RESPONSE: Those who use this argument must admit that this cannot mean all things since the Father cannot give His Fatherhood to the Son (which would be an absurdity!), but because they make a Divine substance the source of the Holy Trinity, they fail to understand the nature of the Fatherhood — that which makes the Father the source (αρχή) of the Son and Holy Spirit.


ARGUMENT: That the Holy Spirit is from the Son can be seen in Jn 20:22: "And having said this He breathed on them and said to them, 'Receive the Holy Spirit.'"

RESPONSE: This argument ignores the difference between the Holy Spirit's Eternal Origin and His temporal coming into the world. The Holy Spirit was not "spirated" for the first time in the Upper Room, but exists eternally. Once this distinction is recognized it becomes clear that this passage speaks of the Holy Spirit's coming into the world (His temporal origin) and does not refer to His eternal, existential origin. This verse does, however, testify to the formula "the Holy Spirit proceeds from the Father through the Son" because the Holy Spirit comes to us through the Lord Jesus Christ.


ARGUMENT: It oversimplifies to say that the Son does not impart existence to others. John 1:3 states: "All things through Him came to be, and without Him came to be nothing which has come to be." This is reaffirmed in the Nicene Creed itself which makes clear that the creation is the work of both Father and Son. Indeed, Christians both East and West acknowledge that all three persons of the Trinity are involved in the work of creation (see Genesis 1:1-3).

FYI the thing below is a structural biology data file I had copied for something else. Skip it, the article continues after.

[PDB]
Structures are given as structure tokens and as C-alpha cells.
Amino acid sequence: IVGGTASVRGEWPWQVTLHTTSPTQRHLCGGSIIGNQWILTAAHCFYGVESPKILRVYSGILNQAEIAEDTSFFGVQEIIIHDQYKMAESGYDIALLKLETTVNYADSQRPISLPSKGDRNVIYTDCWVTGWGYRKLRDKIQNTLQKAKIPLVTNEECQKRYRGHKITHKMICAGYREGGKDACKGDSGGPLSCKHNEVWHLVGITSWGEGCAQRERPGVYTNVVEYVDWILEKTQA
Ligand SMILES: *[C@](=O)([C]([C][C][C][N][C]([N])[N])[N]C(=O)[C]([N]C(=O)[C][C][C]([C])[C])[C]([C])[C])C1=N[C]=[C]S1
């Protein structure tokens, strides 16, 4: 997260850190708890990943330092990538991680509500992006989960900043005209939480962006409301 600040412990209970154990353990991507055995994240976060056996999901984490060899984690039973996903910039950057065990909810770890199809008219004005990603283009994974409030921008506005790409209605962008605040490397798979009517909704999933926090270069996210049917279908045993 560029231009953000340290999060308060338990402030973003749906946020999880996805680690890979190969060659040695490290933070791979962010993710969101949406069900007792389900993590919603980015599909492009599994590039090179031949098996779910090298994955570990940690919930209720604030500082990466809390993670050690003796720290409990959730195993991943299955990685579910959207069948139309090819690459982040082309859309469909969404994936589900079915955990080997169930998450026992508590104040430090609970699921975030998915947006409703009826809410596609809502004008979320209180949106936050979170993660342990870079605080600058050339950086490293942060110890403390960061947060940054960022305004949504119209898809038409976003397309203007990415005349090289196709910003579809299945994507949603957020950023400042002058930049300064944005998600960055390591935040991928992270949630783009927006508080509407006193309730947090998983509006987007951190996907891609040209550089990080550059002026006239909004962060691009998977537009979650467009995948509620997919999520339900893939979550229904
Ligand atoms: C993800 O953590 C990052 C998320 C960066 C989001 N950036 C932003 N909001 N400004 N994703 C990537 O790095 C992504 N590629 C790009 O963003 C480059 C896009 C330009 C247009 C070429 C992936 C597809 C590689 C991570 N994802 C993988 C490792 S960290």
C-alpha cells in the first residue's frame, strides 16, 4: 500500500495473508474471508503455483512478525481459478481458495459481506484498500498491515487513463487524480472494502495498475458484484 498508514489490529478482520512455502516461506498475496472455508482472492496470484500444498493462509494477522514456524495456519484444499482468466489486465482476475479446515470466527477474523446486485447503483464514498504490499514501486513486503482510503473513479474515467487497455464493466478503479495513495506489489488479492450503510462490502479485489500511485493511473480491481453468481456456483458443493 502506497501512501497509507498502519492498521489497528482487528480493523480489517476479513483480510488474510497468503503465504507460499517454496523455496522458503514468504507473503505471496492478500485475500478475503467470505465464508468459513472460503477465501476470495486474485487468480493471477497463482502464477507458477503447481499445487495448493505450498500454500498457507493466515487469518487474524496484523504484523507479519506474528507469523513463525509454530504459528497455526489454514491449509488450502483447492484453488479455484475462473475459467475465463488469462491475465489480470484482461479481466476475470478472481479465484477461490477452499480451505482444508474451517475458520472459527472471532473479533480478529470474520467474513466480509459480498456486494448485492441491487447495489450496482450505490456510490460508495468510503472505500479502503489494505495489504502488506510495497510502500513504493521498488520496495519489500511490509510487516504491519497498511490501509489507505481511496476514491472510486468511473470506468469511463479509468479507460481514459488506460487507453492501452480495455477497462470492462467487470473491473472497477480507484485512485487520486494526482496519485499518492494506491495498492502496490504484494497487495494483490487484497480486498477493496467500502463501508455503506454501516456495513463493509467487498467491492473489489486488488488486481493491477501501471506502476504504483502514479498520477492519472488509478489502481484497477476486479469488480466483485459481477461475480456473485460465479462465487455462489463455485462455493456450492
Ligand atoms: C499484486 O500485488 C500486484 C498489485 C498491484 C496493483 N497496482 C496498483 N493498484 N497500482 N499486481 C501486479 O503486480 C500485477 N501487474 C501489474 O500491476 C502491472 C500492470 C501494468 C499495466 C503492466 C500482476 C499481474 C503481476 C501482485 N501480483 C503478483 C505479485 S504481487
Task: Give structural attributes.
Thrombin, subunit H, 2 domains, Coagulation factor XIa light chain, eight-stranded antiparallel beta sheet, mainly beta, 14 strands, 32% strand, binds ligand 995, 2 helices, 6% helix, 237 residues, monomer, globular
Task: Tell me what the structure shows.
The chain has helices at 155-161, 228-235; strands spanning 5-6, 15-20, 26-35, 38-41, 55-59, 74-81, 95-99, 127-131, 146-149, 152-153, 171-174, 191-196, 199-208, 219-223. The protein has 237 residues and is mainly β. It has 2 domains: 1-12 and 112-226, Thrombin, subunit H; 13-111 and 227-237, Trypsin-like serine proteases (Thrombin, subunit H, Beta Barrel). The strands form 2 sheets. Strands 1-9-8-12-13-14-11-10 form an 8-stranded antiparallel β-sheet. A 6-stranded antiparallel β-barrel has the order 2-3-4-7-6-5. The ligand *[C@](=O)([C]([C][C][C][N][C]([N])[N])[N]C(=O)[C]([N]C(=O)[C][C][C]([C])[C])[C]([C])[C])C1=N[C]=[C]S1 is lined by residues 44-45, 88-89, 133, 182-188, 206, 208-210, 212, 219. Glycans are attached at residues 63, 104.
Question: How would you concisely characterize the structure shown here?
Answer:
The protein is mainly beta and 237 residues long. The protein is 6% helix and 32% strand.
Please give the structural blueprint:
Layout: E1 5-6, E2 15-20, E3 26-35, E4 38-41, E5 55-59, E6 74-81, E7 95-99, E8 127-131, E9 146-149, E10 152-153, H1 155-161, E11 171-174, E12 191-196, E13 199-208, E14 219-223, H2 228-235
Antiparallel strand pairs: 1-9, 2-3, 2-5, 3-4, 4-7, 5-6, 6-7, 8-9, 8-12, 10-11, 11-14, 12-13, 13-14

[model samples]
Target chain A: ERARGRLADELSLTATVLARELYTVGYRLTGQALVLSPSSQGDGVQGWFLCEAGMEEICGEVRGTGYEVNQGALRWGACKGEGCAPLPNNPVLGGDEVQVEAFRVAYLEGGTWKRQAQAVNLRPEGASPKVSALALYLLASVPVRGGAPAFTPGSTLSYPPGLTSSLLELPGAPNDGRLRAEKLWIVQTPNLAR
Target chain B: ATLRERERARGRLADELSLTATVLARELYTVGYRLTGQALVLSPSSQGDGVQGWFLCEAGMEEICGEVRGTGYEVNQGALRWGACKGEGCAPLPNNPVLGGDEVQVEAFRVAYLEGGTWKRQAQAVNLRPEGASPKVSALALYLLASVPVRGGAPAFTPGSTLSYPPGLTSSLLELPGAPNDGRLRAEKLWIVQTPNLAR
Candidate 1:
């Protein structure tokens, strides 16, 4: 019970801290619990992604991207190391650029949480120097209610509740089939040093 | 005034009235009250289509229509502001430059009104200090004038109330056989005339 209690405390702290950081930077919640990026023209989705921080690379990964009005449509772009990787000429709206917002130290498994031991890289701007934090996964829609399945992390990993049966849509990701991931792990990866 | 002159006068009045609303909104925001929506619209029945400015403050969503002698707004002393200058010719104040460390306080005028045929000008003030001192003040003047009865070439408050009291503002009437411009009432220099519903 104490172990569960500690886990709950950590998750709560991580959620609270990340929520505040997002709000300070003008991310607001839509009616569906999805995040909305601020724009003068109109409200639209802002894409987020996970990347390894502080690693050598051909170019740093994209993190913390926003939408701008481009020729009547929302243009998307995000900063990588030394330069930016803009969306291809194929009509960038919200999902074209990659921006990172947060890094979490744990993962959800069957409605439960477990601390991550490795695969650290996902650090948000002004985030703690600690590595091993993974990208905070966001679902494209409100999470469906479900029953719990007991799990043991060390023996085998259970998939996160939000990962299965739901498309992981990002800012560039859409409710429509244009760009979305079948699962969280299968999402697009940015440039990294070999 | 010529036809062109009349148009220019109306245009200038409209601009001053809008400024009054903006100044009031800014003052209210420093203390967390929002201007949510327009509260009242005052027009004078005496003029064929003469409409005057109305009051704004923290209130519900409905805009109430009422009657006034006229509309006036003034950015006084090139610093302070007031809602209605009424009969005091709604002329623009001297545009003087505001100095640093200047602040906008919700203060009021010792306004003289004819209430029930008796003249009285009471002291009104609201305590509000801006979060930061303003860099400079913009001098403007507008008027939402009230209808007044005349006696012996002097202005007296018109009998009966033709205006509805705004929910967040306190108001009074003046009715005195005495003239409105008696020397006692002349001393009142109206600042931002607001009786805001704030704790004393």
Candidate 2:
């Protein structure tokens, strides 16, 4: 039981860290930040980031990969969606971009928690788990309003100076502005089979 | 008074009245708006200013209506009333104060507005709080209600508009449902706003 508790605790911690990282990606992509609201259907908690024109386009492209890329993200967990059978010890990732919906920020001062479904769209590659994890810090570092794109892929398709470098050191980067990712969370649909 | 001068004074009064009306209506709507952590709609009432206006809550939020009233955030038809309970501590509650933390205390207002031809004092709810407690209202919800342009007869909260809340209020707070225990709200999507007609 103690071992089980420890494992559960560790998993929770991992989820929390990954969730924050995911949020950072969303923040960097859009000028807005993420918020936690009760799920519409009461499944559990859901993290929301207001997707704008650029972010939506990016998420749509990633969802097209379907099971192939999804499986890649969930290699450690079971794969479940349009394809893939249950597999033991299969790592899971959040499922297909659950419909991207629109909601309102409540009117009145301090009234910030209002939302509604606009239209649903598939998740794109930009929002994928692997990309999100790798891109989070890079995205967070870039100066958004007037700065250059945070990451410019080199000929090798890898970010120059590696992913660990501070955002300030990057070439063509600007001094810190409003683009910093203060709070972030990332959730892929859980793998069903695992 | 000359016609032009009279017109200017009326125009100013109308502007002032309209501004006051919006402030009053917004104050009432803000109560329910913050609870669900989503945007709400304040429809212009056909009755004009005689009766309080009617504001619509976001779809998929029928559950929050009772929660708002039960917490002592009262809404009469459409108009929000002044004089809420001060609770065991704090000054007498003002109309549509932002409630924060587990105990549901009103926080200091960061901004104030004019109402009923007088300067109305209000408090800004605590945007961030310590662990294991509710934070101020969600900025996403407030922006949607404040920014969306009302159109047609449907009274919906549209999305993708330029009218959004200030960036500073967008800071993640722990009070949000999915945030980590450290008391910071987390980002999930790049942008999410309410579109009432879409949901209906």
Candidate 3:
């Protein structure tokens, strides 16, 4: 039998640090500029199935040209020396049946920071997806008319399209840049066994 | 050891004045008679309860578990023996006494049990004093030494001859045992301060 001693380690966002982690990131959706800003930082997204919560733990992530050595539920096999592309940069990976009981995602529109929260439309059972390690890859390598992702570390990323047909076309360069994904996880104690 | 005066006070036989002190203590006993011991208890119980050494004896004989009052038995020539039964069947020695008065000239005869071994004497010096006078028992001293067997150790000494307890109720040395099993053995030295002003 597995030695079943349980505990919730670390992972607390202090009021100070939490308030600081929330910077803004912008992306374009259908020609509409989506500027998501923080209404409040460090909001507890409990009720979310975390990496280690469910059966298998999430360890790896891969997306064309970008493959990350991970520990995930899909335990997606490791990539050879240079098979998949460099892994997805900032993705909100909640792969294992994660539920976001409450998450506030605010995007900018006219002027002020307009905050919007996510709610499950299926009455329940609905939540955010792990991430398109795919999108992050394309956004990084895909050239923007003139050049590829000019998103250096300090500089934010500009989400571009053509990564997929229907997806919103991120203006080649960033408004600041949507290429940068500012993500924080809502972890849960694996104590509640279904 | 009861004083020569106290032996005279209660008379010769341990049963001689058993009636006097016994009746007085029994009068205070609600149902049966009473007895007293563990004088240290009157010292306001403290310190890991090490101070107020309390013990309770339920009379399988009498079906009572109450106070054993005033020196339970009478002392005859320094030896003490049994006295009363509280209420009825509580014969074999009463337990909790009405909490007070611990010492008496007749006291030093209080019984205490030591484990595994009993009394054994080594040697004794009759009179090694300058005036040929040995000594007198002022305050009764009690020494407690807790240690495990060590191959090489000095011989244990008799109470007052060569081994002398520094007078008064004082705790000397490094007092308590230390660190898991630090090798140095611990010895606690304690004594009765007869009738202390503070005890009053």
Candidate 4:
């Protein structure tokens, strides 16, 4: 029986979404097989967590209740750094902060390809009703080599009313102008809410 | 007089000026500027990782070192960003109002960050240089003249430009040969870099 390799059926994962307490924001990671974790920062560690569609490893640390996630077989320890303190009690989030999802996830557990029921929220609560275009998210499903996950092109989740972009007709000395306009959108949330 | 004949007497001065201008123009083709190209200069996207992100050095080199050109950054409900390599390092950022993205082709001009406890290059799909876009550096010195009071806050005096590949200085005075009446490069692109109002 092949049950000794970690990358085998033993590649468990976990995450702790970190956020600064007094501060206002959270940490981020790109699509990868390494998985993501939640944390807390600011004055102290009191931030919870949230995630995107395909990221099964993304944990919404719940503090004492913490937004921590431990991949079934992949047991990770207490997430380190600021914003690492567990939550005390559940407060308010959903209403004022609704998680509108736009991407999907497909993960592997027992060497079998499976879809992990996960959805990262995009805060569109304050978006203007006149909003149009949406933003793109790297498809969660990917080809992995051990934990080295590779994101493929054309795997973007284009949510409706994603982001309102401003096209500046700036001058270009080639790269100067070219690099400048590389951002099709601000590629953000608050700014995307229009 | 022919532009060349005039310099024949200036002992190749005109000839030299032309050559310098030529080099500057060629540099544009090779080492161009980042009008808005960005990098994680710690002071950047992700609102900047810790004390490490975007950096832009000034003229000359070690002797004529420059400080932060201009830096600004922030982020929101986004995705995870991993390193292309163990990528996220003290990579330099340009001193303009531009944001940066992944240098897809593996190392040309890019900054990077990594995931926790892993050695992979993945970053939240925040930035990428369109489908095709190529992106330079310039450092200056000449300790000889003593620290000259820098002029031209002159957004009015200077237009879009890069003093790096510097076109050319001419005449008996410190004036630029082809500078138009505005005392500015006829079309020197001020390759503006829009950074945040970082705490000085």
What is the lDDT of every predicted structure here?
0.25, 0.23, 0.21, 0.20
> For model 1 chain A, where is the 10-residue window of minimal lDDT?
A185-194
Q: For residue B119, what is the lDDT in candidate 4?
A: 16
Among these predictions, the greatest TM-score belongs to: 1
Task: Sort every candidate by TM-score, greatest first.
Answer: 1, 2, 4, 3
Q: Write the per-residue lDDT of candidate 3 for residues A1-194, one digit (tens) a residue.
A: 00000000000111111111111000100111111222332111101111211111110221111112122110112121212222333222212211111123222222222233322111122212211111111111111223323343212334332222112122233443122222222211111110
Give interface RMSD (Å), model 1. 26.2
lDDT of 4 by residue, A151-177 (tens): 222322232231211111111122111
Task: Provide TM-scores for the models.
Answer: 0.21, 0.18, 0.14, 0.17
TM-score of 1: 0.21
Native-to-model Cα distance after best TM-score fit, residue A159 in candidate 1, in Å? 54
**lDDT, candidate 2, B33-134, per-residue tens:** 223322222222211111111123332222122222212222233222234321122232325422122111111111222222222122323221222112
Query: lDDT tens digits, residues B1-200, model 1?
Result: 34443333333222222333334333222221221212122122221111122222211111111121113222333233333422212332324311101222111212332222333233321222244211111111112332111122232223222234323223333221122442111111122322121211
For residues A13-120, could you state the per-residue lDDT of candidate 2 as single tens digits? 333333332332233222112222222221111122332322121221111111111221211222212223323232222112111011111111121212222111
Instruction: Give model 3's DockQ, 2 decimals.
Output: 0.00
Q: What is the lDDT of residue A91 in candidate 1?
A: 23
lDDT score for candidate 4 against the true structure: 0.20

RESPONSE: This argument has been included because, as incredible as it may seem, it is frequently found in arguments presented in support of the Filioque. Roman Catholics arguing for the Filioque (self-described as "traditionalist and/or conservative") have written these passages:

... the procession into the temporal world must be through the Son (and as such from both simultaneously) because all temporal creation is through the Son, or Logos.

All temporal creation is through the Logos, and all procession in the temporal world is through the Logos, "as from one principle". Still, from the Father ultimately who creates all, including the begotten Son.

The point missed in the east is that all creation was through the Logos, and as such the Spirit must come to us through the Logos.

"Father and Son as from one principle" implies the necessity of the Son, upon which all creation depends, for procession to the temporal world. Ultimately, the question is, does or can the Spirit exist or come forth into the temporal world without participation of the Logos? We say no, because the entirety of temporal creation, it is revealed, is through the Word.

This argument is incredible because John 1:3 (as well as the application of that which is the Nicene Creed) teaches that "through the Son" all creation was created. The Holy Spirit is not a creation, He is eternally God. Any person who teaches that the Holy Spirit is included in those things which "came to be" as referred to in John 1:3 cannot be regarded as a Christian. Such an argument is in the same category as the claim from the Jehovah's Witnesses that the Son is created as "a god".